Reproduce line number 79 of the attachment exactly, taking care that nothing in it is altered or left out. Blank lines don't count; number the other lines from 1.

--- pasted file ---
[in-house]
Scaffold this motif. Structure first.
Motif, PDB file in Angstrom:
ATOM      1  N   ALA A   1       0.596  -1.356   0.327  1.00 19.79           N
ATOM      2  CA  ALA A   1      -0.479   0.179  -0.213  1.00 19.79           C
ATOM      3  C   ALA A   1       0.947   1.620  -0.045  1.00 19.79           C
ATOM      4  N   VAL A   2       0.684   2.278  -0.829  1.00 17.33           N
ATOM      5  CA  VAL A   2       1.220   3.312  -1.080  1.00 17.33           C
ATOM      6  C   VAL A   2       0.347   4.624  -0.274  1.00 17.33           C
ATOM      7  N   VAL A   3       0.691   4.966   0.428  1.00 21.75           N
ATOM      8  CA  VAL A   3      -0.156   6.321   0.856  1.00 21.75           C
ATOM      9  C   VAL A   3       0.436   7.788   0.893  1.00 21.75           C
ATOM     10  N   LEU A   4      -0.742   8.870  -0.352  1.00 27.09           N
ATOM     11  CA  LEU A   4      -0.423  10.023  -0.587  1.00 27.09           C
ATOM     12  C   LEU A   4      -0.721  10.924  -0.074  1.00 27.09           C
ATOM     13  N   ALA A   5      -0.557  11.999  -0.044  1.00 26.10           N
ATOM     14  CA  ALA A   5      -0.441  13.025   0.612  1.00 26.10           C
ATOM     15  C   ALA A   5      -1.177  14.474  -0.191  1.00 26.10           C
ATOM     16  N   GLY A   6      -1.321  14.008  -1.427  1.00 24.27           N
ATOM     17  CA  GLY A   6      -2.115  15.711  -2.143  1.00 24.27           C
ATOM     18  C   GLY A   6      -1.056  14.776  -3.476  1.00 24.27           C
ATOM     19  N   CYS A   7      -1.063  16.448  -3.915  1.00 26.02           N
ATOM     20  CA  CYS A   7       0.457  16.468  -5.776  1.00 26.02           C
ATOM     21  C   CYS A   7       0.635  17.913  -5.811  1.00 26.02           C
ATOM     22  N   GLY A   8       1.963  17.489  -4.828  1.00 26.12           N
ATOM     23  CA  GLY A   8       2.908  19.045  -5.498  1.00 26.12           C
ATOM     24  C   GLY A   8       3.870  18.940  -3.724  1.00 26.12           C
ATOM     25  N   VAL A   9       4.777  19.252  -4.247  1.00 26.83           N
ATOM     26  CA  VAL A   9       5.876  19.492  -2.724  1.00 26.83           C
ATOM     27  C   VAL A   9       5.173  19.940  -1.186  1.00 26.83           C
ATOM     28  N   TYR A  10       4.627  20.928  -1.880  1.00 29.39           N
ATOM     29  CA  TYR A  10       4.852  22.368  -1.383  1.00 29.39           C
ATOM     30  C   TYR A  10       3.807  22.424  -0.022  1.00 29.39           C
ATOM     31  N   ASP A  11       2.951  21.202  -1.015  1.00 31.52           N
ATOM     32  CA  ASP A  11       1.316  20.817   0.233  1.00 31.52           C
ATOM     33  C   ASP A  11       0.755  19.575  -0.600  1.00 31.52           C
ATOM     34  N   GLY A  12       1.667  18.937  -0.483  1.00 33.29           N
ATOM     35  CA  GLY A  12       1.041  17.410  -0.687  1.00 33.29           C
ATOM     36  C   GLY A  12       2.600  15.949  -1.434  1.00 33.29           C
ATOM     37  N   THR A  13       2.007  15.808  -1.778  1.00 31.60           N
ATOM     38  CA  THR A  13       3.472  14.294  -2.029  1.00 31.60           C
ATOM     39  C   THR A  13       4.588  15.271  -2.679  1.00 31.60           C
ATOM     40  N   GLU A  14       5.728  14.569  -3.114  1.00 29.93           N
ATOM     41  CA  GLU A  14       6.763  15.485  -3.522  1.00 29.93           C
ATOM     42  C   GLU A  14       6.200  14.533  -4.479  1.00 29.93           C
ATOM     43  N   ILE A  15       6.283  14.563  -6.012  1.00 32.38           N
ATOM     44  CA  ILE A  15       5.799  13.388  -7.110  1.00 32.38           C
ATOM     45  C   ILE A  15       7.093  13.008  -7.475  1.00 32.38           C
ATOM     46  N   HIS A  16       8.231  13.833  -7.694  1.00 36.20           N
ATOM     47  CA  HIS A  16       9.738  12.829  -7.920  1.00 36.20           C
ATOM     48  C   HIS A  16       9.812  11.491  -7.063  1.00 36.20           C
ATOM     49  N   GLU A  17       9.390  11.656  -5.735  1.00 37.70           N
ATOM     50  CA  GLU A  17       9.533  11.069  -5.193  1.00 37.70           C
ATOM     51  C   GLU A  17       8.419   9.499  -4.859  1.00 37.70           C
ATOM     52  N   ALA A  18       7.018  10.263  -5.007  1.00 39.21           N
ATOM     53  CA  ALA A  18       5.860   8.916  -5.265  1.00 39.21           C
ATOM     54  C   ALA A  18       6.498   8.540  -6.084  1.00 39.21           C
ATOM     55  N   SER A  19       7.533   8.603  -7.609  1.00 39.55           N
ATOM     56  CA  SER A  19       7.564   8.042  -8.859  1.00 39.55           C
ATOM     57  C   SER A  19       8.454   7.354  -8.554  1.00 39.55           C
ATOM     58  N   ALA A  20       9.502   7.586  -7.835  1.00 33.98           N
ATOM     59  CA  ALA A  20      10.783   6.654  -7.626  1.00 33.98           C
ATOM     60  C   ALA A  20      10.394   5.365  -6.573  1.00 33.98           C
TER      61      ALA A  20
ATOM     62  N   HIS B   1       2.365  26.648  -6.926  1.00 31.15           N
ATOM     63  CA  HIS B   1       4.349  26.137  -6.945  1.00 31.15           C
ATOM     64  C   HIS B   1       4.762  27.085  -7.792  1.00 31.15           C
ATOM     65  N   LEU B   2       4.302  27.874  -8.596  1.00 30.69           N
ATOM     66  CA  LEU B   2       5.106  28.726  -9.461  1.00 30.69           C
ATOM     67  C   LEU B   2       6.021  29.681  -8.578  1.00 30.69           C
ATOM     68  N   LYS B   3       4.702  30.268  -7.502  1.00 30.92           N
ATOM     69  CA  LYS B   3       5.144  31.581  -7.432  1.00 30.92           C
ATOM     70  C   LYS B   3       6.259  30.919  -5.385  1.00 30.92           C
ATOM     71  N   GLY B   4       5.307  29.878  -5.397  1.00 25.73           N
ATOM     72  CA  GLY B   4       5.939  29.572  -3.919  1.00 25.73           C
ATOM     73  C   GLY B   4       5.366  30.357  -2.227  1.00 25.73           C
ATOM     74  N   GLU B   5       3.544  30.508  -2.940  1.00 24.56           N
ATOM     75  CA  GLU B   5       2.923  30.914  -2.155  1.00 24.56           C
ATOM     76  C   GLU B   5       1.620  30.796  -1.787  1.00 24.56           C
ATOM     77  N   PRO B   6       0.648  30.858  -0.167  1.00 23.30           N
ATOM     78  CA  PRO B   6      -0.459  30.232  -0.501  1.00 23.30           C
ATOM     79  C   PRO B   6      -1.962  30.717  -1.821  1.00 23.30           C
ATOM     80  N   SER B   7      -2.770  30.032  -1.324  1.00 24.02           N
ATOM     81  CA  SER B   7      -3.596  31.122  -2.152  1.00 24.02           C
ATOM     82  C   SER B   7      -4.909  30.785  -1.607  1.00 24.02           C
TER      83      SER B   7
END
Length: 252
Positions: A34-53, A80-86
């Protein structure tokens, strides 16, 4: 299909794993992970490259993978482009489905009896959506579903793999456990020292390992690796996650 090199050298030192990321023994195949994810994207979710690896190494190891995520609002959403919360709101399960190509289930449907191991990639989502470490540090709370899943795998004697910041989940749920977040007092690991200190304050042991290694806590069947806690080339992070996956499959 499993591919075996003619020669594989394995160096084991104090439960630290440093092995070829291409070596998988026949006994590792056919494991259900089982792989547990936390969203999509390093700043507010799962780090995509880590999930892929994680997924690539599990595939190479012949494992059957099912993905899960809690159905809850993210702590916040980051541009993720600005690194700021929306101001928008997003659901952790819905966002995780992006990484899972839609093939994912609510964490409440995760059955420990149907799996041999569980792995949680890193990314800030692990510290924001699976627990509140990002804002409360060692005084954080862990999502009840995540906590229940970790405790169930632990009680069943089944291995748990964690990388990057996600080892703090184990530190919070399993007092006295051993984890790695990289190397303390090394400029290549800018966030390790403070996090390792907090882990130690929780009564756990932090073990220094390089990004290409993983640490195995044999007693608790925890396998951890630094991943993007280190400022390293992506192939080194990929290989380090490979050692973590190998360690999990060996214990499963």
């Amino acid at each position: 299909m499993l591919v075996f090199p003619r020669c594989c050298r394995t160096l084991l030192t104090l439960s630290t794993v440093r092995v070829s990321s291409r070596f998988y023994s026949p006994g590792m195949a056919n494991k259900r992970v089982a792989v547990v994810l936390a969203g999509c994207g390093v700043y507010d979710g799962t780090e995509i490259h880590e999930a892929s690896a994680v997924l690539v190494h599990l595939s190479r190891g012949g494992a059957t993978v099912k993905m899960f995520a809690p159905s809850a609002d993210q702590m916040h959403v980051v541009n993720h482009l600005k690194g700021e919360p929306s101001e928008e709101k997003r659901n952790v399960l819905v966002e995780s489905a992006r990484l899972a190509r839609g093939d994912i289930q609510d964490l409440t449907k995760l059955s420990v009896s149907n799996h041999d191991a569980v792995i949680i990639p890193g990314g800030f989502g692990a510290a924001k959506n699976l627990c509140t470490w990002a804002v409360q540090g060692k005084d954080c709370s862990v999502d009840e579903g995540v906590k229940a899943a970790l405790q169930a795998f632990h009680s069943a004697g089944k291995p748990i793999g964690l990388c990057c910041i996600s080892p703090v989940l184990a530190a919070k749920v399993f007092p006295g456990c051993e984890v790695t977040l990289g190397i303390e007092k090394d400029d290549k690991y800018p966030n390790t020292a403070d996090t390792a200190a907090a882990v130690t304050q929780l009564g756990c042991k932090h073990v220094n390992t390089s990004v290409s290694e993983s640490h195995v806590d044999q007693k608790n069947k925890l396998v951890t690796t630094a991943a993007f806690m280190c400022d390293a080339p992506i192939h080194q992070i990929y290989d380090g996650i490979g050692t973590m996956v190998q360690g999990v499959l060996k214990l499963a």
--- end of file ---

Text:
ATOM     76  C   GLU B   5       1.620  30.796  -1.787  1.00 24.56           C